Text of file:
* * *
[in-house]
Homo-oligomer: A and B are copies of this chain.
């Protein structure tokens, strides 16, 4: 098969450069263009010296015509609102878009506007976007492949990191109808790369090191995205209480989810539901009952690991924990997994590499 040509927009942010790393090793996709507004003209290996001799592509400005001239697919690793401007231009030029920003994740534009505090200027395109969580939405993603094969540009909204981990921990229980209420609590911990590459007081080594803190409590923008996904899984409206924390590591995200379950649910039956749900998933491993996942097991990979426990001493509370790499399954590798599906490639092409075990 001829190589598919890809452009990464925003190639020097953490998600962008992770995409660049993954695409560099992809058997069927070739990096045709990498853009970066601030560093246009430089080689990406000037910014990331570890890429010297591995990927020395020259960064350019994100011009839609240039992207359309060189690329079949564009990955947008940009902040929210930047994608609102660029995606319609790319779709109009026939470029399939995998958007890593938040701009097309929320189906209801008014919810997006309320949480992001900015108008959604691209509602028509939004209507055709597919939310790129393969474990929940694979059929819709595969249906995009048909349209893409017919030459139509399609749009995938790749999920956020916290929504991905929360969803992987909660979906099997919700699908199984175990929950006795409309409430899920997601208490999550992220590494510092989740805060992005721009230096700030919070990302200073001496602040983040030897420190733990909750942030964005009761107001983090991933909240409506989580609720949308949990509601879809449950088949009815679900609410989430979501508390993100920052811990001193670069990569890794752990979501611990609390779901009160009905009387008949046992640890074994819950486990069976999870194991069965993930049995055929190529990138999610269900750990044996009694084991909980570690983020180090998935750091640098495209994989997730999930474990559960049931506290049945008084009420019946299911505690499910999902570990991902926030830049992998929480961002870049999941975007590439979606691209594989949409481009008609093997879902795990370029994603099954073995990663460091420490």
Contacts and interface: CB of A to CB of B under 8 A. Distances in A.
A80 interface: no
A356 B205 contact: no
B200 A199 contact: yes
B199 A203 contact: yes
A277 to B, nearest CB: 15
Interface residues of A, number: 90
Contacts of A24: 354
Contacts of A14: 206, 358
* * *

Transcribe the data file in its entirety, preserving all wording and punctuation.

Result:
[in-house]
Homo-oligomer: A and B are copies of this chain.
């Protein structure tokens, strides 16, 4: 098969450069263009010296015509609102878009506007976007492949990191109808790369090191995205209480989810539901009952690991924990997994590499 040509927009942010790393090793996709507004003209290996001799592509400005001239697919690793401007231009030029920003994740534009505090200027395109969580939405993603094969540009909204981990921990229980209420609590911990590459007081080594803190409590923008996904899984409206924390590591995200379950649910039956749900998933491993996942097991990979426990001493509370790499399954590798599906490639092409075990 001829190589598919890809452009990464925003190639020097953490998600962008992770995409660049993954695409560099992809058997069927070739990096045709990498853009970066601030560093246009430089080689990406000037910014990331570890890429010297591995990927020395020259960064350019994100011009839609240039992207359309060189690329079949564009990955947008940009902040929210930047994608609102660029995606319609790319779709109009026939470029399939995998958007890593938040701009097309929320189906209801008014919810997006309320949480992001900015108008959604691209509602028509939004209507055709597919939310790129393969474990929940694979059929819709595969249906995009048909349209893409017919030459139509399609749009995938790749999920956020916290929504991905929360969803992987909660979906099997919700699908199984175990929950006795409309409430899920997601208490999550992220590494510092989740805060992005721009230096700030919070990302200073001496602040983040030897420190733990909750942030964005009761107001983090991933909240409506989580609720949308949990509601879809449950088949009815679900609410989430979501508390993100920052811990001193670069990569890794752990979501611990609390779901009160009905009387008949046992640890074994819950486990069976999870194991069965993930049995055929190529990138999610269900750990044996009694084991909980570690983020180090998935750091640098495209994989997730999930474990559960049931506290049945008084009420019946299911505690499910999902570990991902926030830049992998929480961002870049999941975007590439979606691209594989949409481009008609093997879902795990370029994603099954073995990663460091420490």
Contacts and interface: CB of A to CB of B under 8 A. Distances in A.
A80 interface: no
A356 B205 contact: no
B200 A199 contact: yes
B199 A203 contact: yes
A277 to B, nearest CB: 15
Interface residues of A, number: 90
Contacts of A24: 354
Contacts of A14: 206, 358